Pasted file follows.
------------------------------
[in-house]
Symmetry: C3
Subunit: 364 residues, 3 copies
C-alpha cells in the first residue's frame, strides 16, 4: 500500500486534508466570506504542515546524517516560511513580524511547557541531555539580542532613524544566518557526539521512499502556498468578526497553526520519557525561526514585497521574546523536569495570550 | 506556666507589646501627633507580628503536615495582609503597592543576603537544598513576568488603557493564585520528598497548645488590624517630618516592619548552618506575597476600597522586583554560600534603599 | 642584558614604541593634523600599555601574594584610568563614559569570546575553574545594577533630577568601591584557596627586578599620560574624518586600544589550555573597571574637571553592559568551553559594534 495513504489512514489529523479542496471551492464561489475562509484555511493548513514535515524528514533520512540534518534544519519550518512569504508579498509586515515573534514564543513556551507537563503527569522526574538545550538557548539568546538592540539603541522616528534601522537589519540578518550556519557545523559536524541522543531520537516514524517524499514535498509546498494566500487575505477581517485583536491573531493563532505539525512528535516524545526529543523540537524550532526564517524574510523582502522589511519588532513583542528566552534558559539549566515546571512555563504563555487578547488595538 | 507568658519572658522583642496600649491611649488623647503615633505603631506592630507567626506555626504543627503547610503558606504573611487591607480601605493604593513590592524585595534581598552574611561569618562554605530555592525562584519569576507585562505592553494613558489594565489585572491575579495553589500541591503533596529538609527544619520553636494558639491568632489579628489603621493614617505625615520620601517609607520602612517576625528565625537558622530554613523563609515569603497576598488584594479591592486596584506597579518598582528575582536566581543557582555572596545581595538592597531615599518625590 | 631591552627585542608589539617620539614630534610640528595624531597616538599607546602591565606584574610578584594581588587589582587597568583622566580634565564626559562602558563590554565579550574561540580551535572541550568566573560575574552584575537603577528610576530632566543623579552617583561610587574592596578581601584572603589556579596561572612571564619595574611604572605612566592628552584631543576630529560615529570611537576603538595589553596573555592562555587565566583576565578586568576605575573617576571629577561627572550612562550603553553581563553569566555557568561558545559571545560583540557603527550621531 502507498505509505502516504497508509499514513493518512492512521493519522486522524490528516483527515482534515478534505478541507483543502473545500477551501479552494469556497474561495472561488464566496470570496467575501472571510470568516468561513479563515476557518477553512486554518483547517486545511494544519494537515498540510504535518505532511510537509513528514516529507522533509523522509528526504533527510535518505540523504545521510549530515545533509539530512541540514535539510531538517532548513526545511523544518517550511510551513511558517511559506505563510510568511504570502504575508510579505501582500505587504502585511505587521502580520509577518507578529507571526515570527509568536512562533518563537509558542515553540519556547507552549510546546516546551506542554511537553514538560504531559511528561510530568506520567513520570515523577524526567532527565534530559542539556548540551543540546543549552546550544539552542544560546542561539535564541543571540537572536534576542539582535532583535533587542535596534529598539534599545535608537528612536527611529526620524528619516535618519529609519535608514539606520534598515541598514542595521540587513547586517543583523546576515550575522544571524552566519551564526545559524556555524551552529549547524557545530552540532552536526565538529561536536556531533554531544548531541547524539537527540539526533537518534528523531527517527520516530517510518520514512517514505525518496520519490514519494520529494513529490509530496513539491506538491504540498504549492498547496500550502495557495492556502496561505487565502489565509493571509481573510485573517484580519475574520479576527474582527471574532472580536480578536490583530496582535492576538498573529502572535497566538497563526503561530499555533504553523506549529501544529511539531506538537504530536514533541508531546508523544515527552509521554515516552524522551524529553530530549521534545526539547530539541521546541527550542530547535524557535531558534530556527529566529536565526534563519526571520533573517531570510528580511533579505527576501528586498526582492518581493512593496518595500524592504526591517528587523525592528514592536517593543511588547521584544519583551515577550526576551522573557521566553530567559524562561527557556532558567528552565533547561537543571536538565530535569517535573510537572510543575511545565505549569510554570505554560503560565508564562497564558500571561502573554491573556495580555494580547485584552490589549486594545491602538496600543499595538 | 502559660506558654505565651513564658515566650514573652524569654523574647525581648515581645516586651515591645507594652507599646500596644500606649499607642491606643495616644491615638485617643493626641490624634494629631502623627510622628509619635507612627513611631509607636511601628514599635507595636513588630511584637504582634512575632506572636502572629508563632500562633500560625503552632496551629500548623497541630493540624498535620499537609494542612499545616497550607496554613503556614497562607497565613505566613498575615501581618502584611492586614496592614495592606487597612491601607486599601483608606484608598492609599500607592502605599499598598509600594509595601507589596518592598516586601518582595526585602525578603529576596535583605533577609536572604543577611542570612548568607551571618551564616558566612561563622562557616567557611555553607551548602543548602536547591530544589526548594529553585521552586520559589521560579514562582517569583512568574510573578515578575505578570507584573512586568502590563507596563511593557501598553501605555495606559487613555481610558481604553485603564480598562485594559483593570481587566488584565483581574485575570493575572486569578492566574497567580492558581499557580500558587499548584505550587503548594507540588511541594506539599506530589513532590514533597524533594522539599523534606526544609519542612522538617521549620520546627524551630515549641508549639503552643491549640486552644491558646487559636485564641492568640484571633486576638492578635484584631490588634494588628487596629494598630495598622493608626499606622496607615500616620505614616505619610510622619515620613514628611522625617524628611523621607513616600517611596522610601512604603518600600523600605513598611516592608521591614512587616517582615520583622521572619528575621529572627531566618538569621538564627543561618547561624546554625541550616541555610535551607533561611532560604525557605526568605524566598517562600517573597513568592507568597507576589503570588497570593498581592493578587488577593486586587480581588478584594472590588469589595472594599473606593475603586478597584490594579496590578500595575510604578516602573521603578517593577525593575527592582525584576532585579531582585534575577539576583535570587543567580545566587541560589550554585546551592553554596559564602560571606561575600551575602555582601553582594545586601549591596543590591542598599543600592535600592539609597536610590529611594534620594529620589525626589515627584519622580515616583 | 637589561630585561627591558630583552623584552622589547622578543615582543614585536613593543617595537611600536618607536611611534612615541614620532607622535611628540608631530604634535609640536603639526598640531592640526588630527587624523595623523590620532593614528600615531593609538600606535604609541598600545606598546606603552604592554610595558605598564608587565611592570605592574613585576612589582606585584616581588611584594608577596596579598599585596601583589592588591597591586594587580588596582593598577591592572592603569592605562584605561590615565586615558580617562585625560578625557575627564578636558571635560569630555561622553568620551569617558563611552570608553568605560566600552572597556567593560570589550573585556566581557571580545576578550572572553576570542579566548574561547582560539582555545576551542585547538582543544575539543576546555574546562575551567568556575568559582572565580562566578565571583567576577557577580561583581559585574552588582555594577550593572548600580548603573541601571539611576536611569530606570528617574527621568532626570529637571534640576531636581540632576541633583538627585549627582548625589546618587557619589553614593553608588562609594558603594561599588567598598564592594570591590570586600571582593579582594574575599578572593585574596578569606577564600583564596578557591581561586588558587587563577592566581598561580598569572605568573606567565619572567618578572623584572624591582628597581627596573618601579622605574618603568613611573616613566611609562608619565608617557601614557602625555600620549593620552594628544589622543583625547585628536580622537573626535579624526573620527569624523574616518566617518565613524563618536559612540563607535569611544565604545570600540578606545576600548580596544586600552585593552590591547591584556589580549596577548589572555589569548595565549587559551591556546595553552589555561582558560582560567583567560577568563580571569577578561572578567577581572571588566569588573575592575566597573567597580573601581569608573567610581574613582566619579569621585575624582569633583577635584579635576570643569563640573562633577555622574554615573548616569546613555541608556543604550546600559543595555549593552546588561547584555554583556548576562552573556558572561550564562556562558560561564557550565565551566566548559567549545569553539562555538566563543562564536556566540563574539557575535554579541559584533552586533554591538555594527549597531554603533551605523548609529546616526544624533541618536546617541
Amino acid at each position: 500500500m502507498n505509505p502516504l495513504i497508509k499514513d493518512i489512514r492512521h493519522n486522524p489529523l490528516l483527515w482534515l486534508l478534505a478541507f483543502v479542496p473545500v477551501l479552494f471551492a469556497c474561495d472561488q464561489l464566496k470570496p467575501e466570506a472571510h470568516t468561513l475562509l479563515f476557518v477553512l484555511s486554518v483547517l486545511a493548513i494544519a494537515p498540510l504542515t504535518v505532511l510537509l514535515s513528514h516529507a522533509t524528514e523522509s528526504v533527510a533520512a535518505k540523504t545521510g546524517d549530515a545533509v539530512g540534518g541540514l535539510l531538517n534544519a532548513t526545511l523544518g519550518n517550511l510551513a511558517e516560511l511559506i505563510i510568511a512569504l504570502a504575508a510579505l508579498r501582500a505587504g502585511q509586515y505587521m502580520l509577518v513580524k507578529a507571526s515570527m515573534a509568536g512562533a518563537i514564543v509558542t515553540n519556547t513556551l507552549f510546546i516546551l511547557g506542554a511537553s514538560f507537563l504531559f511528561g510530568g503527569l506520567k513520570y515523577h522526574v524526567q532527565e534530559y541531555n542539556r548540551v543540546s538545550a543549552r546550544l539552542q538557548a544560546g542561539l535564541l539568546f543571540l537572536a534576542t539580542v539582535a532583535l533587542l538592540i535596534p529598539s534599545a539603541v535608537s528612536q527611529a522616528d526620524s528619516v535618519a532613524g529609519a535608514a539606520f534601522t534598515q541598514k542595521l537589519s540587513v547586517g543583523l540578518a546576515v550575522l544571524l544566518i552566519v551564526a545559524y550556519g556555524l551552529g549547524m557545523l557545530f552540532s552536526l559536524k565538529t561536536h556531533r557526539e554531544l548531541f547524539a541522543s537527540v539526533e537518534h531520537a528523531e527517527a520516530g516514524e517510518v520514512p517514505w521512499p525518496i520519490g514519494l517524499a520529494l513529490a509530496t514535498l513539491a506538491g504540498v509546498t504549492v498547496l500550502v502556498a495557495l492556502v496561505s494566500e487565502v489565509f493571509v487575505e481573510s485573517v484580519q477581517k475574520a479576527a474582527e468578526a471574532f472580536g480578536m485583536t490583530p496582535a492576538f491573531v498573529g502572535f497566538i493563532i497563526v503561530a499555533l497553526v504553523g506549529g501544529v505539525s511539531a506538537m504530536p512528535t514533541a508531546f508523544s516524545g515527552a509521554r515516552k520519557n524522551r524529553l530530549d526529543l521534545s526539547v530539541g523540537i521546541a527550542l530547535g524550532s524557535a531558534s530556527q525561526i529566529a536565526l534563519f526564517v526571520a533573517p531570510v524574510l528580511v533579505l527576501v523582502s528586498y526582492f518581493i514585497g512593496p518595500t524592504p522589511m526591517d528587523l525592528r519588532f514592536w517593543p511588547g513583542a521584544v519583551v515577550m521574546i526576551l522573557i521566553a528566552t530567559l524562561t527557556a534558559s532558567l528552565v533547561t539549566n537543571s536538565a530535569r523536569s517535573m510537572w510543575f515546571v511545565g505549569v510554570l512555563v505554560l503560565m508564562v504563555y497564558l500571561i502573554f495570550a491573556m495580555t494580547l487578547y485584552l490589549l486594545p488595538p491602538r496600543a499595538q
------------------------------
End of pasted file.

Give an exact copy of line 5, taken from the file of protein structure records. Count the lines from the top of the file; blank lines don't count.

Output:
Amino acid at each position: 500500500m502507498n505509505p502516504l495513504i497508509k499514513d493518512i489512514r492512521h493519522n486522524p489529523l490528516l483527515w482534515l486534508l478534505a478541507f483543502v479542496p473545500v477551501l479552494f471551492a469556497c474561495d472561488q464561489l464566496k470570496p467575501e466570506a472571510h470568516t468561513l475562509l479563515f476557518v477553512l484555511s486554518v483547517l486545511a493548513i494544519a494537515p498540510l504542515t504535518v505532511l510537509l514535515s513528514h516529507a522533509t524528514e523522509s528526504v533527510a533520512a535518505k540523504t545521510g546524517d549530515a545533509v539530512g540534518g541540514l535539510l531538517n534544519a532548513t526545511l523544518g519550518n517550511l510551513a511558517e516560511l511559506i505563510i510568511a512569504l504570502a504575508a510579505l508579498r501582500a505587504g502585511q509586515y505587521m502580520l509577518v513580524k507578529a507571526s515570527m515573534a509568536g512562533a518563537i514564543v509558542t515553540n519556547t513556551l507552549f510546546i516546551l511547557g506542554a511537553s514538560f507537563l504531559f511528561g510530568g503527569l506520567k513520570y515523577h522526574v524526567q532527565e534530559y541531555n542539556r548540551v543540546s538545550a543549552r546550544l539552542q538557548a544560546g542561539l535564541l539568546f543571540l537572536a534576542t539580542v539582535a532583535l533587542l538592540i535596534p529598539s534599545a539603541v535608537s528612536q527611529a522616528d526620524s528619516v535618519a532613524g529609519a535608514a539606520f534601522t534598515q541598514k542595521l537589519s540587513v547586517g543583523l540578518a546576515v550575522l544571524l544566518i552566519v551564526a545559524y550556519g556555524l551552529g549547524m557545523l557545530f552540532s552536526l559536524k565538529t561536536h556531533r557526539e554531544l548531541f547524539a541522543s537527540v539526533e537518534h531520537a528523531e527517527a520516530g516514524e517510518v520514512p517514505w521512499p525518496i520519490g514519494l517524499a520529494l513529490a509530496t514535498l513539491a506538491g504540498v509546498t504549492v498547496l500550502v502556498a495557495l492556502v496561505s494566500e487565502v489565509f493571509v487575505e481573510s485573517v484580519q477581517k475574520a479576527a474582527e468578526a471574532f472580536g480578536m485583536t490583530p496582535a492576538f491573531v498573529g502572535f497566538i493563532i497563526v503561530a499555533l497553526v504553523g506549529g501544529v505539525s511539531a506538537m504530536p512528535t514533541a508531546f508523544s516524545g515527552a509521554r515516552k520519557n524522551r524529553l530530549d526529543l521534545s526539547v530539541g523540537i521546541a527550542l530547535g524550532s524557535a531558534s530556527q525561526i529566529a536565526l534563519f526564517v526571520a533573517p531570510v524574510l528580511v533579505l527576501v523582502s528586498y526582492f518581493i514585497g512593496p518595500t524592504p522589511m526591517d528587523l525592528r519588532f514592536w517593543p511588547g513583542a521584544v519583551v515577550m521574546i526576551l522573557i521566553a528566552t530567559l524562561t527557556a534558559s532558567l528552565v533547561t539549566n537543571s536538565a530535569r523536569s517535573m510537572w510543575f515546571v511545565g505549569v510554570l512555563v505554560l503560565m508564562v504563555y497564558l500571561i502573554f495570550a491573556m495580555t494580547l487578547y485584552l490589549l486594545p488595538p491602538r496600543a499595538q